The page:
Crouere: We have the publisher of Bayoubuzz.com, Steve Sabludowsky, joining us. We're going to get into local issues: the legislative session and our governors who were at a forum at Loyola the other day. But first, let's talk about Obamacare. Today, we're hearing that the administration reached their goal of 7 million, but there are unanswered questions about the number of people who are paying for it, the number of young people, the impact on the uninsured, etc. Your thoughts?
Sabludowsky: I've heard so many callers, and I do have so response to that. I still think it's very early. Obamacare hit 7 million. As far as I understood, 10-20% of them have not paid yet. I'm sure that that will change. These are uncertainties. To say that there's no change, which I heard one of your last callers say, is wrong. I think there are major changes, many of them for the positive, some for the uncertainty, and some for the negative. Just in terms of the positive, I think that it's really positive to have affordability and not be so tied to your employment for your insurance. That is a major plus in my mind. Secondly, the preexisting conditions - that's a major plus. . I've done a lot of research on the cost in terms of premiums, and overall, the overall costs are either lower, the same, or a little bit above.
Crouere: That's disputed by the CEO of the Cleveland Clinic who says 75% will be paying more. So your research is at odds with this expert.
Sabludowsky: I understand that, but so many people claim to be experts about these things without having personal experience in terms of going to the website. I understand that the person from the Cleveland Clinic is an expert, but I don't know if he actually mentioned the cap in terms of what the cost is to the insured in the event that they have a major healthcare situation. It's cap per individual and per family. In the past, you had the co-pay and the co-insurance, 20-30% every time you had anything. This is a cap. My issue is what the cost is going to be to the federal government; I'm not an economist, so I don't know.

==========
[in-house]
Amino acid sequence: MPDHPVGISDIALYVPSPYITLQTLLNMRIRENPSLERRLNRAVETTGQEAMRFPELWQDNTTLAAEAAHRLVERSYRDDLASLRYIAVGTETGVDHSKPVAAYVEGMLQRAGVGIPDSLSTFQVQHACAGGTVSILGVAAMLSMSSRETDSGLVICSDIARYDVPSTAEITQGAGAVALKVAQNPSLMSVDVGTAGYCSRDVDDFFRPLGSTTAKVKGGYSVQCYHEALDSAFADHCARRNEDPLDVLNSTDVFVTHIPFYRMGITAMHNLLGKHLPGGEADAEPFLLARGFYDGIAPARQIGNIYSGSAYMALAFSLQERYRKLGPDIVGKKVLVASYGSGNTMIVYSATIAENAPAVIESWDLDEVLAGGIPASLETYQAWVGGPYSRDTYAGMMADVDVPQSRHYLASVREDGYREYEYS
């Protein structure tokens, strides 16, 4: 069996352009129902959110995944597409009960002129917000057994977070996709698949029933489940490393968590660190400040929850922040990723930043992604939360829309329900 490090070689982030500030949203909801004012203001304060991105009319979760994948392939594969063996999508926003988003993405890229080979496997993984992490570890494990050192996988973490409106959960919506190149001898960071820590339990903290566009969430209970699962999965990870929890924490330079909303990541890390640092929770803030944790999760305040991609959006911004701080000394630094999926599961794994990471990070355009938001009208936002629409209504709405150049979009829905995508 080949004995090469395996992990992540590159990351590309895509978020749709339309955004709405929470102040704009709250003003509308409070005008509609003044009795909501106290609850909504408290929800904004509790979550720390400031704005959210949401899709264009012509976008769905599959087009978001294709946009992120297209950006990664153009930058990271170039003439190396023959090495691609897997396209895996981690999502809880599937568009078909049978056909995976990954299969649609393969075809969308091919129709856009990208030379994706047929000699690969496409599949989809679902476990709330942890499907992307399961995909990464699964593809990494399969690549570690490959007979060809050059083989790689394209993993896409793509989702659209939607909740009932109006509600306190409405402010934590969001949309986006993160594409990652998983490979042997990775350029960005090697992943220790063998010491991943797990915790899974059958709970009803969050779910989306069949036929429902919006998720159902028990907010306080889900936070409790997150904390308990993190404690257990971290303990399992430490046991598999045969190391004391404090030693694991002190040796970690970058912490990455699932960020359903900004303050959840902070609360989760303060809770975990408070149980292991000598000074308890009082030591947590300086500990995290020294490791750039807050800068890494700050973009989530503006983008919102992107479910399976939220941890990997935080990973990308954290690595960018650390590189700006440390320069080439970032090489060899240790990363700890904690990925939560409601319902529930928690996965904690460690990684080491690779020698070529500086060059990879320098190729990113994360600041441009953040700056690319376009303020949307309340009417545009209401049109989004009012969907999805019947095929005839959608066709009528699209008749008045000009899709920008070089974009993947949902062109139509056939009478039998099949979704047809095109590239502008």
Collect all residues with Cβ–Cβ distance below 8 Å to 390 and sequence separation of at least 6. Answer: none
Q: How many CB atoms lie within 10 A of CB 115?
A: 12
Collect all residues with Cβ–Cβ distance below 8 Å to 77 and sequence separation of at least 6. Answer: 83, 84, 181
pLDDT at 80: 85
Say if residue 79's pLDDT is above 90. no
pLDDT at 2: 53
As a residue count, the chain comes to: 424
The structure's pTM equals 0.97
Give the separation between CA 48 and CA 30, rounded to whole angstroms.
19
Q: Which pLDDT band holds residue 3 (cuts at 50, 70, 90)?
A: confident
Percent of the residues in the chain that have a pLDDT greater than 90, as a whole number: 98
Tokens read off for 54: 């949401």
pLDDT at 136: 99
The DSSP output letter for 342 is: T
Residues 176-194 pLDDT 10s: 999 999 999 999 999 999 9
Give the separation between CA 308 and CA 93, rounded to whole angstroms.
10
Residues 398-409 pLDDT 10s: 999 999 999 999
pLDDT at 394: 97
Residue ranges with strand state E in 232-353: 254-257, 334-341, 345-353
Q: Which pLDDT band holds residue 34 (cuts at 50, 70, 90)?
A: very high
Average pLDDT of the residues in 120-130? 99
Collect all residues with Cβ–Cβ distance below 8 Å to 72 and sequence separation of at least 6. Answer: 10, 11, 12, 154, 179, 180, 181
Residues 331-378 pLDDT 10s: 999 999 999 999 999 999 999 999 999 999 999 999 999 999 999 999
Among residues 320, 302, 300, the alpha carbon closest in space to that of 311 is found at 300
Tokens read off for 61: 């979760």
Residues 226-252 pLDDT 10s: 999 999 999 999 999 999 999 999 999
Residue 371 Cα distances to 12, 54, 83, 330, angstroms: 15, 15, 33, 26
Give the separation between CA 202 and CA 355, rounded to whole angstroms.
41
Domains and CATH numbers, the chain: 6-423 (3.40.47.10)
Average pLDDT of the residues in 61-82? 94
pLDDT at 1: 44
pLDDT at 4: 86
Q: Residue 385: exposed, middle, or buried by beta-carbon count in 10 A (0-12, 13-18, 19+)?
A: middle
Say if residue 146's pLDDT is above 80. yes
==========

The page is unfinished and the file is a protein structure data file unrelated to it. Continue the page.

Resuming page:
Crouere: I think the cost to the American families that I'm worried about, is that 75% are paying more. We heard several callers who related horror stories. Their premiums are going up $400 a month, doubling. My question is, where are these people going to get the extra money? These people are working hard and have succeeded. Now they're going to pay double what they have been paying for health insurance. That's going to have a negative effect on the economy. Let's say they're not going to have the kind of money to be able to take their family out to dinner, go to a movie, or go on a vacation. They're not going to be able to just suck it up! That's going to have a negative impact.
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Sabludowsky: Sure. Those people who are paying double, yes. But have you asked people who are not paying double, who are paying equal to or less, have you talked to those people, as well?
Crouere: I haven't heard any of those stories. People with those stories are welcome to call. Have you asked the people who do not want to be forced to do this? What about the whole issue of freedom in this country? Why should we be forced by the government to buy this type of insurance?
Sabludowsky: There are a lot of things that we are forced to do that I am not crazy about. You and I disagree in terms of, let's say, right to life. I think that when the government tells a woman what to do with her own body, that's forcing her to do what they want. You can justify it and say that the Bible says this, but you can justify the other side, too!
Crouere: We do have laws protecting innocent lives. You can't go out and murder somebody. We have repercussions for that. I consider an unborn baby to be a life. I don't think you should have the right to kill an unborn baby. So the same way that you're protecting a person who's walking down the street, I think you should be protecting a child in the womb.
Sabludowsky: Not everybody agrees with you on that issue, I must tell you.
Crouere: Science is moving in that direction.
Sabludowsky: I think a majority of the people in this country totally disagree. The bottom line is that it is a coercion. Government is saying to not do something, whatever their justification is.
Crouere: You can't drive on the wrong side of the road, you can't pass through a red light without getting a ticket, and you can't go up and slug somebody. Those are certain things that the government does to protect order.